The dark web – websites that exist on networks that require specific software, system configurations or authorisation to visit – hosts a black market rife with documentation that could assist criminals, including terrorists. Forged documents such as passports, driving licences and utility bills were found to be readily available in an investigation carried out by the University of East London.

In the same week, it was announced that the UK's security services are to recruit hundreds more staff to deal with the increasing threat of digital technology, the investigation revealed just how easy it was to obtain documentation necessary to create fake identities.

The findings of the report Mining the Dark Web: Drugs and Fake IDs by Dr Andres Baravalle Dr Sin Lee Wee and Mr Mauro Sanchez Lopez, come after earlier this year, the European Union's law enforcement agency EuroPol published a report – Changes in modus operandi of Islamic State (Isis) terrorist attacks – highlighting the increasing use of digital resources by IS (Daesh).

It said: "There is evidence of a level of technical knowledge available to religiously inspired terrorist groups, allowing them to make their use of the internet and social media invisible to intelligence and law enforcement agencies."

The extent to which users could pick up these documents was branded "scary" by academics involved in the research.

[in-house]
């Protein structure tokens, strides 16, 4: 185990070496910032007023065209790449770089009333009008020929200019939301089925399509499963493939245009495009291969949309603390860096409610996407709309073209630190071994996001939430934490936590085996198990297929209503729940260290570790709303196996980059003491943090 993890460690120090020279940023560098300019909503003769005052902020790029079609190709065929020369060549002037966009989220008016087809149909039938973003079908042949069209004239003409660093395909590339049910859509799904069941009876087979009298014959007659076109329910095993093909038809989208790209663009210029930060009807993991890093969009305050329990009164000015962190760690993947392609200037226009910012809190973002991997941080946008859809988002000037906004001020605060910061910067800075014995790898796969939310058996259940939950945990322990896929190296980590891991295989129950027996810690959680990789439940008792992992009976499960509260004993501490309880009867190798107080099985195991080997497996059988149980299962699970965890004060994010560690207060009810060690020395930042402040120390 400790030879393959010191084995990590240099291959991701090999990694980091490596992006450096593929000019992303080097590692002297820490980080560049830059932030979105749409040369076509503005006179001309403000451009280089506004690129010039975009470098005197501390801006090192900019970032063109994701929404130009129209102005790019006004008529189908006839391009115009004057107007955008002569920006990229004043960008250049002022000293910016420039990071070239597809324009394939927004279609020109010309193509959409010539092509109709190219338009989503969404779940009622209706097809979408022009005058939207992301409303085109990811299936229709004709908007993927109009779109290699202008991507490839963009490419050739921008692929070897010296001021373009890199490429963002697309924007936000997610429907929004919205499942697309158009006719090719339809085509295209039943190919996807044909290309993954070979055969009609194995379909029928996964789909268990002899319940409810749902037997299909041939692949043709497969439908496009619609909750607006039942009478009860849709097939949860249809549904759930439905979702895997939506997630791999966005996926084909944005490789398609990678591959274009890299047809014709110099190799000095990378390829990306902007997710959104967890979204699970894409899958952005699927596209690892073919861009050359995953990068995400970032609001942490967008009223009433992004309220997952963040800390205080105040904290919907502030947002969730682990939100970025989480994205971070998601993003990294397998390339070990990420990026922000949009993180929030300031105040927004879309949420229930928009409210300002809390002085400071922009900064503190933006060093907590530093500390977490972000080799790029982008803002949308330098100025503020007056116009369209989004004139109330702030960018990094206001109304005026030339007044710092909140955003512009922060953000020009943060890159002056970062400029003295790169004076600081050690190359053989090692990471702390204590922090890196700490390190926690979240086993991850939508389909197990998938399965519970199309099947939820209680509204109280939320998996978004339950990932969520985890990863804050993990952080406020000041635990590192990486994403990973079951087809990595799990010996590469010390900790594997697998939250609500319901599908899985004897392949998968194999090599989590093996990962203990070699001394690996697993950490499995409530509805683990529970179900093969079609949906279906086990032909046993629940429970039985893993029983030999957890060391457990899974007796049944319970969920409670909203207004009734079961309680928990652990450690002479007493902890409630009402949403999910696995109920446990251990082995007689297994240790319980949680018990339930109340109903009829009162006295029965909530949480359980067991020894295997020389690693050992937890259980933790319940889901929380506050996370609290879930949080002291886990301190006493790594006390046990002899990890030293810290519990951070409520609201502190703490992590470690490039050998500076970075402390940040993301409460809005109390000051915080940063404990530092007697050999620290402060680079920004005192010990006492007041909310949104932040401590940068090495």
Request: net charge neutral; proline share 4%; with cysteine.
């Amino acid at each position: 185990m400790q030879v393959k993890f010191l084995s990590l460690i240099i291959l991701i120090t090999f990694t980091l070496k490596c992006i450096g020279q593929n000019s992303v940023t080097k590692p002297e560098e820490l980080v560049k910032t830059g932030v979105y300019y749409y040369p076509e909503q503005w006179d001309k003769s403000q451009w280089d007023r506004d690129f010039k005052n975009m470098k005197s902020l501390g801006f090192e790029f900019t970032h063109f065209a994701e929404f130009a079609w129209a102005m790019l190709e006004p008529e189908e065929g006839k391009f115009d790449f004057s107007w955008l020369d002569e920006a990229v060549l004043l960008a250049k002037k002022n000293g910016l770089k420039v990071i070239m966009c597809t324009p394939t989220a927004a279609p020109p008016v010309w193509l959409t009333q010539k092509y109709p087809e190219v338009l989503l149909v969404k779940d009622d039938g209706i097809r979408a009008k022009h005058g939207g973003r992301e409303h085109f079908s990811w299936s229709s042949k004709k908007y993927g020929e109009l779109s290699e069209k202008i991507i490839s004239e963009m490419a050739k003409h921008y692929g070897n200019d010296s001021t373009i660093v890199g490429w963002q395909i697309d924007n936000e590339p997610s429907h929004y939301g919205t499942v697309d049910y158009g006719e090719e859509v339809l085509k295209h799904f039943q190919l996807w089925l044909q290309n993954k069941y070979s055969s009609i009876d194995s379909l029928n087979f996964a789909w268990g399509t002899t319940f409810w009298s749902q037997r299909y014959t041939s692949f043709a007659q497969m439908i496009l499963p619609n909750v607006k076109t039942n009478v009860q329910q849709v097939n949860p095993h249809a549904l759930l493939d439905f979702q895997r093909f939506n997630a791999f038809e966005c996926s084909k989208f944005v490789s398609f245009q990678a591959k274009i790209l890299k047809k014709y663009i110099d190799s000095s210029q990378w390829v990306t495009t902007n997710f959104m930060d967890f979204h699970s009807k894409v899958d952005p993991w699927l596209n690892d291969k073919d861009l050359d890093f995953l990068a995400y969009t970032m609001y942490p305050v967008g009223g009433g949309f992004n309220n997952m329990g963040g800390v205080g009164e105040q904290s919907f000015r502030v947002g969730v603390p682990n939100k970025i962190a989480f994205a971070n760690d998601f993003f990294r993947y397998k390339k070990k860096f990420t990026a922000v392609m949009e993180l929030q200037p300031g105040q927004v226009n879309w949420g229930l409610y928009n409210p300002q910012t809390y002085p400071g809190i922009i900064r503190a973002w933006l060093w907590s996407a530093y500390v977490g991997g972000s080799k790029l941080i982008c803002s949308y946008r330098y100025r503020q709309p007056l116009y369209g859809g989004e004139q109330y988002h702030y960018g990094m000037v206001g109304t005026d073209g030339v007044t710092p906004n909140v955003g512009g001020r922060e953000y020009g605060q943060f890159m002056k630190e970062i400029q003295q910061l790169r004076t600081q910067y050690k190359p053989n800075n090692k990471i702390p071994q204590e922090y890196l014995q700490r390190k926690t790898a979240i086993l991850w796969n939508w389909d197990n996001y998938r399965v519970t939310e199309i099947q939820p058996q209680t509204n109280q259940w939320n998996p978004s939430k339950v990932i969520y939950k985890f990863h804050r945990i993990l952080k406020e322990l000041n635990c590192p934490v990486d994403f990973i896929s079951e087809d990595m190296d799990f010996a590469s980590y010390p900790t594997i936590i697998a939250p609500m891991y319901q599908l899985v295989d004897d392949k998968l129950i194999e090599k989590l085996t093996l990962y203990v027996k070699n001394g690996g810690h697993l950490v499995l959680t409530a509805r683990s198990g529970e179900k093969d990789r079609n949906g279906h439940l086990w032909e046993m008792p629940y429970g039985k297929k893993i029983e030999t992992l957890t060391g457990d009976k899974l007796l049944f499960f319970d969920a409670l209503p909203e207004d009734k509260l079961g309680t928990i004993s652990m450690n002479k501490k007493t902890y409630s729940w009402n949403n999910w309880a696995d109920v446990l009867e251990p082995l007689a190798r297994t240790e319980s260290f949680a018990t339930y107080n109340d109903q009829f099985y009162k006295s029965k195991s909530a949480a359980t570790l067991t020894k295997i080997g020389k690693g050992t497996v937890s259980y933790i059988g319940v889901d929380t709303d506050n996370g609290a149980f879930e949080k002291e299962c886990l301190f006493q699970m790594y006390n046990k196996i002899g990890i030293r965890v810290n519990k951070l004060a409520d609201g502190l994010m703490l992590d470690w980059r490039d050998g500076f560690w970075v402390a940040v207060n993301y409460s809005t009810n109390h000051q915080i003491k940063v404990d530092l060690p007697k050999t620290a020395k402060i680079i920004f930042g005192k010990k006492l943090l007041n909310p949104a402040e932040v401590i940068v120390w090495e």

"It's so easy to get a username and start buying," Dr Lee said after months of trawling the Agora marketplace. The site, which has since been shut down, was accessed via interception of invitations.

Commenting on the ease with which they were able to access the site, Dr Baravalle said: "A teenage computer enthusiastic, for example, would be able to find themselves in touch with organised criminals very easily."

As well as documentation such as passports – a scan of which would set buyers back just £7 – the researchers found drugs and weapons such as AK47s to be readily available.

"During our research, 84 scans and photos of passports were on sale, with 12 physical passports also being offered," Dr Baravalle said.

"A physical UK passport can be bought as cheaply as £752, while scanned passports can be purchased for as little as £7, and can be bought in bulk, with a wide range of countries to choose from."

The revelation follows a massive security breach at internet giant Yahoo, which was revealed earlier this week. Yahoo said that a "state-sponsored actor" had stolen account information of more than 500 million users in late 2014, which were uploaded to the dark web.

Though an incident involving the details of 200 million users was originally under urgent investigation by the company, the incident was found to have been far greater than initially thought. It is thought that details such as names, email addresses, birthdays and phone numbers – all details which could assist in creating fake identities – were stolen.

Dark Web sites using Tor being spied on by malicious computers
The UK's security services announced earlier this week more staff would be brought in to deal with the threat of digital technology. iStock